RIP, Phil Rizzuto.

The Scooter has moved on to that big Yankee Stadium in the sky. (Not the one I wrote about in terza rima for an 11th-grade English assignment inspired by Dante’s Inferno, in which George Steinbrenner is condemned to an eternal home game in which the Yankees flub every possible play—under the management of the then-recently-late Billy Martin—and George is perpetually prevented from firing anyone by the divine intervention of baseballs that fly out of nowhere and down his throat every time he opens his mouth. No, I’m certain Phil is chillin’ at the game further upstairs.) From the NYTimes obit:

Phil Rizzuto, the sure-handed Hall of Fame Yankees shortstop nicknamed The Scooter, who punctuated his extended Yankee life as a broadcaster with birthday wishes to nuns and exclamations of “Holy cow!” died today. He was 89.

He was a 5-foot-6-inch, 150-pound sparkplug who did the little things right, from turning the pivot on a double play to laying down a perfect sacrifice bunt. He left the slugging to powerful teammates like Joe DiMaggio, Mickey Mantle, Tommy Henrich, Charlie Keller and Yogi Berra.

“I hustled and got on base and made the double play,” he said of his role. “That’s all the Yankees needed in those days.”

His career statistics were not spectacular: a batting average of .273, 38 home runs and 562 runs batted in. But in his best season, 1950, when he hit a career-high .324 and drove in 66 runs, he won the American League’s Most Valuable Player award.

Rizzuto was frequently compared with other shortstops of his era, among them Pee Wee Reese of the Brooklyn Dodgers and Marty Marion of the St. Louis Cardinals. But to DiMaggio, his teammate for eight seasons — each man lost three seasons to military service during World War II — Rizzuto was the best.

“The little guy in front of me,” said DiMaggio, one of the game’s great centerfielders. “He made my job easy. I didn’t have to pick up so many ground balls.”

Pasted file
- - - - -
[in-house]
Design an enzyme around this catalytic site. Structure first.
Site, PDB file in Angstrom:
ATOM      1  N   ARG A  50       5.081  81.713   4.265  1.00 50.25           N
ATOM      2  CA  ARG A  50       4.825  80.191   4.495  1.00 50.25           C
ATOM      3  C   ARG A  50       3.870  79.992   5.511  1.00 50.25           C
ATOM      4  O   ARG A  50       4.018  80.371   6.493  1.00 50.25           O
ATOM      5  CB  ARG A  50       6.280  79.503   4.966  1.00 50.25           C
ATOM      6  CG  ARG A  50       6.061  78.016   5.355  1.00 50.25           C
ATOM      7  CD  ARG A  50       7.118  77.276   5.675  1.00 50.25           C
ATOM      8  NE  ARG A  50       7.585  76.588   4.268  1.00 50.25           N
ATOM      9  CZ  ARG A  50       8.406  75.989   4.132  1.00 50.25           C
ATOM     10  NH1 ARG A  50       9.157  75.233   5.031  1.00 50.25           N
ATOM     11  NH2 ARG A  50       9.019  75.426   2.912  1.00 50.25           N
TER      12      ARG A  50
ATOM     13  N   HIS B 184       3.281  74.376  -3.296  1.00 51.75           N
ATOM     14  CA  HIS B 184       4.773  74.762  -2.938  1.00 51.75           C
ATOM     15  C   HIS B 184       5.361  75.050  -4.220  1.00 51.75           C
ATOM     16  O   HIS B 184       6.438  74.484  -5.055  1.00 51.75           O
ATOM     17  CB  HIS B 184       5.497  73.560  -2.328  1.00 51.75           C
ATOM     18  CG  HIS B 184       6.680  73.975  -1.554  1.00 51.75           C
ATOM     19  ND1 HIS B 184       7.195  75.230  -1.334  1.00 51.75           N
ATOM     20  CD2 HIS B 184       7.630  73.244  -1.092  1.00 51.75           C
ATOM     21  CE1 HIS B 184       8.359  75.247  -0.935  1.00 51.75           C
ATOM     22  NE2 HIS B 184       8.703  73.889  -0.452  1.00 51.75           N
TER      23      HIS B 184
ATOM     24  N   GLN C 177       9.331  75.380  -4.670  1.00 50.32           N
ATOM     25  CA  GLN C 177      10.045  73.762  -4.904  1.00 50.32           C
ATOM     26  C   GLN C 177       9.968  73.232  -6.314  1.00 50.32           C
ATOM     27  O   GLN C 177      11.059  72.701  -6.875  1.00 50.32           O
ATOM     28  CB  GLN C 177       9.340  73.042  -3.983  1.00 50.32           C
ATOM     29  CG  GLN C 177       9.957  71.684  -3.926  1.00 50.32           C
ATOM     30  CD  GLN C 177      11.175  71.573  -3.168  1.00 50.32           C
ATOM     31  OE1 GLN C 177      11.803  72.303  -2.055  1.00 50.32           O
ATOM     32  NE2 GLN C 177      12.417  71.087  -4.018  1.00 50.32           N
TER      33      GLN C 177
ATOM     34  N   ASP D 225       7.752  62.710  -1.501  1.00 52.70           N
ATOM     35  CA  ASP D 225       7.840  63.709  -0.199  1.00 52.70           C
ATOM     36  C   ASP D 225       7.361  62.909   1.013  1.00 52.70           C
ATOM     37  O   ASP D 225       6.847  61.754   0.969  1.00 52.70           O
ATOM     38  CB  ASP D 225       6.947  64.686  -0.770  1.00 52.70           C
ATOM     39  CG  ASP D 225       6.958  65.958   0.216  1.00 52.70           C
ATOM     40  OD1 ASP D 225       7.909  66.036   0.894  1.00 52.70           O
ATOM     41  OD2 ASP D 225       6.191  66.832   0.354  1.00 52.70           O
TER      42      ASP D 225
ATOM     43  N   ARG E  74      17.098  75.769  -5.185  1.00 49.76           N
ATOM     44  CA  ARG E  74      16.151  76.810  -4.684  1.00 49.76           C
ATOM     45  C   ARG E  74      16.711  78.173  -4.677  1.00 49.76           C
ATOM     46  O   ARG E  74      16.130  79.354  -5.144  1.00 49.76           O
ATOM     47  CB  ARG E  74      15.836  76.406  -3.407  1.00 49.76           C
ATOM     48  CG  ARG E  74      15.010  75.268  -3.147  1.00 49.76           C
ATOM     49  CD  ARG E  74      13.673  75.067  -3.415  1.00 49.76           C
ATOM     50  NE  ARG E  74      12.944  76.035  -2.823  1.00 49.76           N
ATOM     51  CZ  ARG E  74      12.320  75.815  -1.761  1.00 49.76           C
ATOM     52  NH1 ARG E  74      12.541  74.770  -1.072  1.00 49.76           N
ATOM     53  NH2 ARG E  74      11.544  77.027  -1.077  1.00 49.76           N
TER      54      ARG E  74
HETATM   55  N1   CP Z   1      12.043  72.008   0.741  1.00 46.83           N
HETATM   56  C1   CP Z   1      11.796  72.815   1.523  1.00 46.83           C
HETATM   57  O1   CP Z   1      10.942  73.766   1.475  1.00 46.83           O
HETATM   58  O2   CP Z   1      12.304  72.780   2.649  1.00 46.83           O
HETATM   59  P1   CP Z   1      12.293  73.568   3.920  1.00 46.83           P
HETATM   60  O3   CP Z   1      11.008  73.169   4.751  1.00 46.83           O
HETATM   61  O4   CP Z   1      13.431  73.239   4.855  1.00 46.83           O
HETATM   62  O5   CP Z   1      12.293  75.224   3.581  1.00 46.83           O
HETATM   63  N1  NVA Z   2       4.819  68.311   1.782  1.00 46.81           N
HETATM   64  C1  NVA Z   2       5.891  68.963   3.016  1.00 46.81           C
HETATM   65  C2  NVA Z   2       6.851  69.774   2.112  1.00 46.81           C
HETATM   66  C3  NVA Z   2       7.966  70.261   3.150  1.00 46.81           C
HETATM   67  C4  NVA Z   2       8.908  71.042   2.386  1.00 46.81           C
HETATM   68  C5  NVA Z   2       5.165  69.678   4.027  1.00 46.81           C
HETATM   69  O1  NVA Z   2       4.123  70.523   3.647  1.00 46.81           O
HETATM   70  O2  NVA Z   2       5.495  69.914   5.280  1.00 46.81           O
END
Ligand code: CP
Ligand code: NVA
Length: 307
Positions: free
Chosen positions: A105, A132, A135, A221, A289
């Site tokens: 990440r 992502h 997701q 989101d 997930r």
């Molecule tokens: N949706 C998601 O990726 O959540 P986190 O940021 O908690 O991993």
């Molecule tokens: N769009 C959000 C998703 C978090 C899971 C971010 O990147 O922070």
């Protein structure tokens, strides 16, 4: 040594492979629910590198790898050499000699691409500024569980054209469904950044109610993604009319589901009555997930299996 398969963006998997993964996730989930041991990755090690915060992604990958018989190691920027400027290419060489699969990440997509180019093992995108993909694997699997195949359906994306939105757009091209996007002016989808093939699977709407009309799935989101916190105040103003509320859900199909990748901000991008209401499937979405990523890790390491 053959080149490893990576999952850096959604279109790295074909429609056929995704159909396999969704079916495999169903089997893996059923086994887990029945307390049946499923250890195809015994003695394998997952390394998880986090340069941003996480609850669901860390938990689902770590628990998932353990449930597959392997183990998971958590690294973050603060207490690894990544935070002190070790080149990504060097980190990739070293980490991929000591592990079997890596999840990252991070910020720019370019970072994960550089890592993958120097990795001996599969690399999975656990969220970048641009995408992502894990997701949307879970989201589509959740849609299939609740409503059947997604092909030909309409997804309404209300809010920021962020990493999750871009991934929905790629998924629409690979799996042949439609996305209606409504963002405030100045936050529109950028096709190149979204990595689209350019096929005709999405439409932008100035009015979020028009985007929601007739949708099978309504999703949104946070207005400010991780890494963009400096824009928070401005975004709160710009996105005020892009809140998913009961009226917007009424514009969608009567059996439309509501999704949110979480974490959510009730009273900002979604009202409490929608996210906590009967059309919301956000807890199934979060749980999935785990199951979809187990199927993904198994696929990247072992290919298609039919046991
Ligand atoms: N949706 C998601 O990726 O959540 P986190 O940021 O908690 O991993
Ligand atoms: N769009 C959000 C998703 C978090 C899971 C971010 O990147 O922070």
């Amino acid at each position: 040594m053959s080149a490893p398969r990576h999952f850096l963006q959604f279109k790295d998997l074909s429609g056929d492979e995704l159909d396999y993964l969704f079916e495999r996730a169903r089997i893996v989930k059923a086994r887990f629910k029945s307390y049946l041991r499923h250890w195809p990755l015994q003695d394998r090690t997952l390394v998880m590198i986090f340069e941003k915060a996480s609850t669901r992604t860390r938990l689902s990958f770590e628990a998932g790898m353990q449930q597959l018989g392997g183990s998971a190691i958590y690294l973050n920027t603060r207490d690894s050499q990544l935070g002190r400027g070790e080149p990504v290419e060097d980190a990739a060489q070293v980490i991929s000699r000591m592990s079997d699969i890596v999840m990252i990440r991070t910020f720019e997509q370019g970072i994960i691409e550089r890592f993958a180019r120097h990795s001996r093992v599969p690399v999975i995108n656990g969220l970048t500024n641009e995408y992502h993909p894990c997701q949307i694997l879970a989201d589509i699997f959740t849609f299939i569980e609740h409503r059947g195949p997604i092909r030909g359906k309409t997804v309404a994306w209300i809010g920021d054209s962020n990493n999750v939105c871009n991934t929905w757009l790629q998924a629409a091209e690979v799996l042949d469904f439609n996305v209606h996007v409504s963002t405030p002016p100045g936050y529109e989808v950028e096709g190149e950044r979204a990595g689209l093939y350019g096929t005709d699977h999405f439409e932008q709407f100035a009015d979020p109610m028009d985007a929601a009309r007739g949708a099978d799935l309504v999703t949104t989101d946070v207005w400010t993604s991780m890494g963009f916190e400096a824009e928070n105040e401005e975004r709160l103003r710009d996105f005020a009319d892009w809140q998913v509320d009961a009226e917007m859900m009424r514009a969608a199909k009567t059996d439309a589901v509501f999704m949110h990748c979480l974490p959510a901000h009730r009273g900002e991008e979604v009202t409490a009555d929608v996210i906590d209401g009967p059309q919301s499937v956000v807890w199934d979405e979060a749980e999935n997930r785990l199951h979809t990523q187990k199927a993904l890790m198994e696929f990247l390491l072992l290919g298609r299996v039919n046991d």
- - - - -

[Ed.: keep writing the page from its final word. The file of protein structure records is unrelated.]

Though he may have been the “little guy” on the field, Rizzuto towered over other commentators in the great game of Divergent Baseball Announcement. Quoth the NYT: “Rizzuto’s ramblings and pro-Yankee sentiments maddened detractors, who felt he paid too little attention to the game. But fans adored Rizzuto as they would a delightful uncle, and colleagues were fond of recalling his scorecard notation of ‘W.W.,’ for ‘Wasn’t Watching.’”

If you’ve never read O Holy Cow!, a collection of found poems based on Rizzuto’s broadcasts, now would be the moment to do so. A sample (courtesy of the Comic Baseball Association, which has considerately posted a few of the pieces online so I don’t have to run home and dig out my copy of the book and come back and transcribe—they’ve got more over there, so pay a visit):

Chess

I.

A lot of money in that chess.
I’ll tell you that.
It’s gotta be..
Can’t be…
Not a good game for television.

II.

I’m not knocking it.
But it’s not a spectator sport.

[September 4, 1992
Texas at New York
Rich Monteleone pitching to Rafael Palmeiro
Seventh inning, no outs, bases empty
Yankees lead 6-3]

Hall and Nokes

So second time around
Mel Hall and Matt Nokes
Solve Tapani’s pitch
Heh Heh
That’s right
John Moore’s on the ball.
It does sound like a good rock group.
Hall and Nokes.
Oh?
Hall and Oates?
Oh yeah?
That’s one I missed.
I’ll have to go out
And buy some of their records tonight.

[June 11, 1991
New York at Minnesota
Kevin Tapani pitching to Alvaro Espinoza
Fifth inning, two outs, two base runners
Twins lead 1-0]

Reversal of Opinion

And he hits one in the hole
They’re gonna have to hurry.
THEY’LL NEVER GET HIM!
They got him.
How do you like that.
Holy cow.
I changed my mind before he got there.
So that doesn’t count as an error.

[July 10, 1992
Seattle at New York
Dave Fleming pitching to Andy Stankiewicz
First inning, no outs, bases empty
Mariners lead 1-0]

And finally, in memoriam:

Prayer for the Captain

There’s a little prayer I always say
Whenever I think of my family or when I’m flying,
When I’m afraid, and I am afraid of flying.
It’s just a little one. You can say it no matter what,
Whether you’re Catholic or Jewish or Protestant or
whatever.
And I’ve probably said it a thousand times
Since I heard the news on Thurman Munson.

It’s not trying to be maudlin or anything.
His Eminence, Cardinal Cooke, is going to come out
And say a little prayer for Thurman Munson.
But this is just a little one I say time and time again,
It’s just: Angel of God, Thurman’s guardian dear,
To whom his love commits him here there or everywhere,
Ever this night and day be at his side,
To light and guard, to rule and guide.

For some reason it makes me feel like I’m talking to
Thurman,
Or whoever’s name you put in there,
Whether it be my wife or any of my children, my parents
or anything.
It’s just something to keep you really from going bananas.
Because if you let this,
If you keep thinking about what happened, and you can’t
understand it,
That’s what really drives you to despair.

Faith. You gotta have faith.
You know, they say time heals all wounds,
And I don’t quite agree with that a hundred percent.
It gets you to cope with wounds.
You carry them the rest of your life.

[August 3, 1979
Baltimore at New York
Pregame show]

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